There's a massive free catalogue of Indigenous films online — here are 5 picks to get you started
Indigenous filmmakers and curators share their must-see recommendations from the NFB's catalogue
This story was originally published April 18th, 2018.
In 2018, the National Film Board of Canada launched Indigenous cinema, an extensive online library of over 200 films by Indigenous directors — part of a Indigenous Action Plan to "redefine" the NFB's relationship with Indigenous peoples. And to commemorate National Indigenous Peoples Day, we have five recommendations people Indigenous filmmakers and film programmers, originally shared with us when the catalogue first launched. Here's what they chose and why:
CBQM (Dennis Allen, 2009)
"This is a beautiful, heartfelt love letter to Indigenous community radio. With grace, humour and a skillful eye, Dennis Allen takes us inside the CBQM radio station in Fort McPherson, N.W.T. — and through it creates a tender, intimate portrait of a northern community. Alongside the music, interviews and community announcements, we witness how the airwaves remain a lifeblood of rural — and particularly northern — communities. CBQM is a touching documentary that makes me long for home." – Jason Ryle, imagineNATIVE programmer
First Stories - Two Spirited (Sharon A. Desjarlais, 2007)
"This film makes me smile every time I watch it. It has a message of hope and healing not only for two-spirit people, but for all Indigenous people. It's important to continue to hear stories like this, and to keep having discussions about how colonial views have impacted how each of our nations engage and view gender roles and sexual identities, especially in the context of healing and helping our communities and each other. When I watch this film I'm filled with hope, and reminded of all the work there is to come. I'm very thankful for this beautiful story." – Bretten Hannam, filmmaker
Foster Child (Gil Cardinal, 1987)
"We have to tell our stories as Native people — the good ones and the bad ones." – Gil Cardinal, 1991 CBC Morningside Interview
"All Canadians should be required to watch Foster Child by Métis director Gil Cardinal. This cinéma-vérité documentary follows Mr. Cardinal as he searches for his family roots as a fostered child looking for his birth family and his Indigenous identity. The film is compelling, beautiful and heartbreaking. At a time like now, when Indigenous children in Canada are being apprehended by child welfare at the highest rate in history, this film is as relevant today as it was in 1987. Mr. Cardinal passed away on November 21, 2015, and his legacy is one of courage, passion, generosity, love and Indigenous representation on the big screen. He is an important part of the legacy of filmmaking in this country, and he blazed a trail across Canada and the world for all Indigenous filmmakers, myself included. We can honour him by acknowledging that he paved the way forward for all Indigenous filmmakers." – Alex Lazarowich, filmmaker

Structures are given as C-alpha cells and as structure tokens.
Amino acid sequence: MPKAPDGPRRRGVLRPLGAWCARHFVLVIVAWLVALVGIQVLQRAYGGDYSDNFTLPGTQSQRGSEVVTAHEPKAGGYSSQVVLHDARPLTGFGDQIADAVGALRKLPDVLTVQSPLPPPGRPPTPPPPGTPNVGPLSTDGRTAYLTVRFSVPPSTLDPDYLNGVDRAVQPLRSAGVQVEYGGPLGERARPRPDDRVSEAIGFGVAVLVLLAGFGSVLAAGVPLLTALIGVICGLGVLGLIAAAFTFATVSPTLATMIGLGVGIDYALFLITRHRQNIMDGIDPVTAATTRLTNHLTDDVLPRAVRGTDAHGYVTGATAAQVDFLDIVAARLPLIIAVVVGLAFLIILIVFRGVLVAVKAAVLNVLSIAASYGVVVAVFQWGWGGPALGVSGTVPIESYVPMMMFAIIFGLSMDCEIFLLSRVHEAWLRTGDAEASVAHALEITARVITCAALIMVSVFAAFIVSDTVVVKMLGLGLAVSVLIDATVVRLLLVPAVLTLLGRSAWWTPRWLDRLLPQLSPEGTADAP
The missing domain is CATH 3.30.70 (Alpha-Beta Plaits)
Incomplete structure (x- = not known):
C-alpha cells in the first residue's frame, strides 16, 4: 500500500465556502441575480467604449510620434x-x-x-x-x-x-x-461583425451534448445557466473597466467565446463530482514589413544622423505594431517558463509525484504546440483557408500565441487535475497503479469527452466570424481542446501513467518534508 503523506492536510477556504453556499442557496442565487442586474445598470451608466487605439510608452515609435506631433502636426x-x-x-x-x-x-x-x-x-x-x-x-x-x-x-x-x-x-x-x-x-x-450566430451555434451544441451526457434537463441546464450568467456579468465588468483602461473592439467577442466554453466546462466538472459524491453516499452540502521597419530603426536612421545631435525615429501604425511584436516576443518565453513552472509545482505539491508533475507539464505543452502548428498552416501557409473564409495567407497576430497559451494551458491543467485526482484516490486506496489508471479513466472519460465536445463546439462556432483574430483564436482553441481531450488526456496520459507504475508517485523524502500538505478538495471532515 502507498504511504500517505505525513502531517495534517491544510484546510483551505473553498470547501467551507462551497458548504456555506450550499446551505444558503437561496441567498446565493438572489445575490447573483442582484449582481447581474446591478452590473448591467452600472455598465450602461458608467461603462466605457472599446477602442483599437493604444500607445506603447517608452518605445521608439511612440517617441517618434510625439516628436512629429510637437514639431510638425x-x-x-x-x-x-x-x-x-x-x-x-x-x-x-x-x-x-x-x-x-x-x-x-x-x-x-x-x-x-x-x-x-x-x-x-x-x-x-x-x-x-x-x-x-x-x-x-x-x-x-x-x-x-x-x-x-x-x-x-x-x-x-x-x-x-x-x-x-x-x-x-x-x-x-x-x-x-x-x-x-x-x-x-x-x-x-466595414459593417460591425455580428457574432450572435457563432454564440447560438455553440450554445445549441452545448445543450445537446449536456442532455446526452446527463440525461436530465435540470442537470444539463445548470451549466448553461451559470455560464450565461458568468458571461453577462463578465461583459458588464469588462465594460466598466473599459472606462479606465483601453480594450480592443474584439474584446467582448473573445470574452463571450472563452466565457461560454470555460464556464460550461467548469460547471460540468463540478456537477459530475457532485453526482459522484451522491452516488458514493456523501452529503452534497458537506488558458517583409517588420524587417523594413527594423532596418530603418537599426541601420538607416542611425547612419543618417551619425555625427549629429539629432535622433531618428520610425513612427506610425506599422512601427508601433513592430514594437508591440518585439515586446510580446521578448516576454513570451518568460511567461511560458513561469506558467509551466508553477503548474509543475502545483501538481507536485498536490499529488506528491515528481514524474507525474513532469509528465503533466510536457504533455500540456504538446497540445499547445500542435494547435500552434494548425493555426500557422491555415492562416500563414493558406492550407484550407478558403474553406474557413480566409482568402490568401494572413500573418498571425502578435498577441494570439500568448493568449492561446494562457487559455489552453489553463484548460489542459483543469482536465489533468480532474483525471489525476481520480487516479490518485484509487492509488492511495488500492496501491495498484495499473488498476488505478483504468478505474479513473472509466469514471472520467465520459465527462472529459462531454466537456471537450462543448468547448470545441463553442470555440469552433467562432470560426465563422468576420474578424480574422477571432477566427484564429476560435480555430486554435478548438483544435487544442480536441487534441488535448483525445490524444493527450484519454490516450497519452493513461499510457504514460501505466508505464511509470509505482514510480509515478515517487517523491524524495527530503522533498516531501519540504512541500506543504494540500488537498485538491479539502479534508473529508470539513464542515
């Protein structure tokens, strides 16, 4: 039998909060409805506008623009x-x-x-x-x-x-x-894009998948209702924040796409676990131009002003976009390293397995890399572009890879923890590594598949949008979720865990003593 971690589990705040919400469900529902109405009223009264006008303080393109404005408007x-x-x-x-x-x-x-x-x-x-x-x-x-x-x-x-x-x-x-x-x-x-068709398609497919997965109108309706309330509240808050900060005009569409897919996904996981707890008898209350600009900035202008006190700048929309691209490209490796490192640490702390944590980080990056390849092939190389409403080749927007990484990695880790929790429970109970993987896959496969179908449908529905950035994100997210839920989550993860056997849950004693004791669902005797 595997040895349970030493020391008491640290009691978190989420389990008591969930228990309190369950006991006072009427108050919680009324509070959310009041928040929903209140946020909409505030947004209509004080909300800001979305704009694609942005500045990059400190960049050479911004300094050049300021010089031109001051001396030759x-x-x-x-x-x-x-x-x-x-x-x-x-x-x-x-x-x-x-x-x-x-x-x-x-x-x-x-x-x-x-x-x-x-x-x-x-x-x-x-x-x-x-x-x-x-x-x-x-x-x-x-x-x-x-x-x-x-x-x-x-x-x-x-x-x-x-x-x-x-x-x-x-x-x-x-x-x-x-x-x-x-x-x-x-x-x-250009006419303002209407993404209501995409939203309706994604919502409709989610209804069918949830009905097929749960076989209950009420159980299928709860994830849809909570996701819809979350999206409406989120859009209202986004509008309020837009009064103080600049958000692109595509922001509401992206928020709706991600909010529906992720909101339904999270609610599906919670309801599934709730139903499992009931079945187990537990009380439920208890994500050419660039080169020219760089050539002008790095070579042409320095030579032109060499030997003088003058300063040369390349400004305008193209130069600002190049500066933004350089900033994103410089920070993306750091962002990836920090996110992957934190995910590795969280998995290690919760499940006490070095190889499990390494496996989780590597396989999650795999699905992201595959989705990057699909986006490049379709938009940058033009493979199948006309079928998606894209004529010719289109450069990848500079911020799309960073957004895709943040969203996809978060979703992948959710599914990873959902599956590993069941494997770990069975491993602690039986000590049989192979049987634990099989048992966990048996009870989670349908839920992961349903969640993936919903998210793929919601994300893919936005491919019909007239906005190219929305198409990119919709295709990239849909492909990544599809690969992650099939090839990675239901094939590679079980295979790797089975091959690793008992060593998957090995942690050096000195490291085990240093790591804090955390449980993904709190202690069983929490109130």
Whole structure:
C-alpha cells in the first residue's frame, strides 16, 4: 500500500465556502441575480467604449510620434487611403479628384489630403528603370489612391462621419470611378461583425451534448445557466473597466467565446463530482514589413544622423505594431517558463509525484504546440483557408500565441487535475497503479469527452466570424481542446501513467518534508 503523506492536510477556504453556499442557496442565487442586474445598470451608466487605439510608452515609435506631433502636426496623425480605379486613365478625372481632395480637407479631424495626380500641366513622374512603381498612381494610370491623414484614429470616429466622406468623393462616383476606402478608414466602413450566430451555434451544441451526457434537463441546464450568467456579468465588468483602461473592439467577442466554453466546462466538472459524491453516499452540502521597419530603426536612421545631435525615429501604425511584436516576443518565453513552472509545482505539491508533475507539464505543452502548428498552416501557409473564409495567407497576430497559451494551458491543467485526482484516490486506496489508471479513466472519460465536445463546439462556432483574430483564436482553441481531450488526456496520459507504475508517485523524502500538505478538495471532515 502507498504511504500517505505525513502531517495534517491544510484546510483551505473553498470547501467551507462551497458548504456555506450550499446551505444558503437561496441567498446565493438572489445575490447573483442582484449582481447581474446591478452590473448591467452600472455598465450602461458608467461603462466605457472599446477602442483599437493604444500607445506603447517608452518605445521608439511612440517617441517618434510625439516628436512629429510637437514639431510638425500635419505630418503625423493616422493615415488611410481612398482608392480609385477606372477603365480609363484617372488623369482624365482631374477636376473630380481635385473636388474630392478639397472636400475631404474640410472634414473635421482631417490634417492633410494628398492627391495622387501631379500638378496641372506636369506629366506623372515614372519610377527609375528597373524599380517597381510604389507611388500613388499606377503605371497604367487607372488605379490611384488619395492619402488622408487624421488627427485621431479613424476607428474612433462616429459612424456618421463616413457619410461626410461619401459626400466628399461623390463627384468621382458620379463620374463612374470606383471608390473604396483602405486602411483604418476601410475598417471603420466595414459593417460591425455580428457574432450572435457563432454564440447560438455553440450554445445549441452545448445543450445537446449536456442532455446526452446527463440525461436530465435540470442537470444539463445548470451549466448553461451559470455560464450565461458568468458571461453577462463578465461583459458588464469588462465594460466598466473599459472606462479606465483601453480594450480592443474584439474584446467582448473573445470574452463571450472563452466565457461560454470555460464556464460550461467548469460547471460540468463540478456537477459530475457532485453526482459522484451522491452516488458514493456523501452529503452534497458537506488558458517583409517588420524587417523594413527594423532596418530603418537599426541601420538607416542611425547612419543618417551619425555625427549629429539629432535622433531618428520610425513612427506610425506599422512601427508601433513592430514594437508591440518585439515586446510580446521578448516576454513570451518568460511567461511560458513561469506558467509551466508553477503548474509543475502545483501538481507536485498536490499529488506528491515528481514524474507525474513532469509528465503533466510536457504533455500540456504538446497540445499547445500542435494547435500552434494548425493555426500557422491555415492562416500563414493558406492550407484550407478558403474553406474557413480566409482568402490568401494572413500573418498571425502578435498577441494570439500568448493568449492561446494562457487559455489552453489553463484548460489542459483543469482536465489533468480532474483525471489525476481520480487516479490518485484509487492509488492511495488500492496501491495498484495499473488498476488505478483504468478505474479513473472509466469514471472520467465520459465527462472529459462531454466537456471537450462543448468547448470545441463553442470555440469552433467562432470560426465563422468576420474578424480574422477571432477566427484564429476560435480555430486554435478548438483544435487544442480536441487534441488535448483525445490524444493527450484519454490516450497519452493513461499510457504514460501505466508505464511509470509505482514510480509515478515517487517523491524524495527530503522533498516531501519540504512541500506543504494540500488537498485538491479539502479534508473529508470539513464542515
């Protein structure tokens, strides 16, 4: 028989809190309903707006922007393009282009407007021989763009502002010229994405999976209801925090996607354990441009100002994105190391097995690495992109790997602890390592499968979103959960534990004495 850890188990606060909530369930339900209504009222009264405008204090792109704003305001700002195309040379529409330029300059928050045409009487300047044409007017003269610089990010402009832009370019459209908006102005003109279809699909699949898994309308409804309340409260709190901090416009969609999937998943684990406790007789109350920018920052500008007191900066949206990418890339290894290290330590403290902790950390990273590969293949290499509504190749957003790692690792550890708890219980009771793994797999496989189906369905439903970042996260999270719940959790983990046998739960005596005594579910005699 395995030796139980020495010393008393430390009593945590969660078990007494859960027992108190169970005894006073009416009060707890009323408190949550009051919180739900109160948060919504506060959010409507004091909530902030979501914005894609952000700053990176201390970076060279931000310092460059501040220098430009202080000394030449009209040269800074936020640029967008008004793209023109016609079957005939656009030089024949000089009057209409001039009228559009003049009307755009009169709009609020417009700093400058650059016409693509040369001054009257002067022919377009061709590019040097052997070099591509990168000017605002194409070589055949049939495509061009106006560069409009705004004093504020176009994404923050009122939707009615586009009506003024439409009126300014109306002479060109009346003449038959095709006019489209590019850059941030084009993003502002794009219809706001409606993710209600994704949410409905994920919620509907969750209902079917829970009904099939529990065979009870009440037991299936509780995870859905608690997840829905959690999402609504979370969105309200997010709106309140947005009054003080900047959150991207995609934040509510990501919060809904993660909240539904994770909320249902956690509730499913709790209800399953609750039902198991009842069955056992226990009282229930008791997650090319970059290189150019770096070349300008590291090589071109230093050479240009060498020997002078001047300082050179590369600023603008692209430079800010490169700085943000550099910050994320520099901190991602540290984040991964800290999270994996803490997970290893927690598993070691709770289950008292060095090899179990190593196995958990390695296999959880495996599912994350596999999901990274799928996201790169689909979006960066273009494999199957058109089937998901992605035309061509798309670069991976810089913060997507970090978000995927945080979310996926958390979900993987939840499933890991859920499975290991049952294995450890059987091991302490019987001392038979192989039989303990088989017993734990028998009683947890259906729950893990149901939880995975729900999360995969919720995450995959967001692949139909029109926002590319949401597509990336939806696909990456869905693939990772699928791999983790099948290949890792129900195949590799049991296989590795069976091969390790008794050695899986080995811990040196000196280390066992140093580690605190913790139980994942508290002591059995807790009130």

Lumaajuuq (Alethea Arnaquq-Baril, 2010)
"Lumaajuuq is a beautiful film that tells the story of 'The Blind Man and the Loon.' For me, it is a wonderful example of the complexity of Inuit myth and legend that incorporates elements of animism with ritual and taboo. What I particularly enjoy is seeing Alethea Arnaquq-Baril (Angry Inuk, Tunnit: Retracing the Lines of Inuit Tattoos), who is best known for her activism documentary work, playing with narrative and doing it exceptionally well."
"The myths and legends that are passed down from generation to generation work to show the belief systems and guiding principles of the Inuit people. In the case of Lumaajuuq, it is important for community members to work together and share resources — and when that doesn't happen, a taboo is broken and there must be revenge. Life in the North can be difficult, and the relationship to the land is one that guides all aspects of life, whether it is the sharing of resources or our relationships with animals. Sila, or 'breath,' is a life force that exists in every living thing in the Arctic including the loon, which has human-like consciousness with powers that can bring back sight. While the story might be one of revenge, the connectedness to all things living is a beautiful way to interpret the world." – Nyla Innuksuk, filmmaker
The People of the Kattawapiskak River (Alanis Obomsawin, 2012)
"Alanis Obomsawin has dedicated her film career to familiarizing non-Indigenous Canadians with the struggles First Peoples face on a daily basis. When Chief Teresa Spence called a state of emergency in 2012 for a housing crisis in the community of Kattawapiskak, the media immediately pointed the finger to the First Nations Band Council for misappropriating the funds they were given by the Canadian Government. This documentary showcases evidence of the opposite, highlighting the government, the diamond mines and the skyrocketing freight costs as the contributing factors keeping the community in impoverished third word conditions. The People of the Kattawapiskak River is just one of many important documentaries directed by the legendary Alanis Obomsawin giving a platform to First Nations communities the urban areas seem to have forgotten." – Judith Schuyler, imagineNATIVE programmer
To view the entire catalogue of Indigenous films at the NFB, click here. This is an updated version of a story that was originally published on April 18th, 2018 to commemorate the catalogue's launch.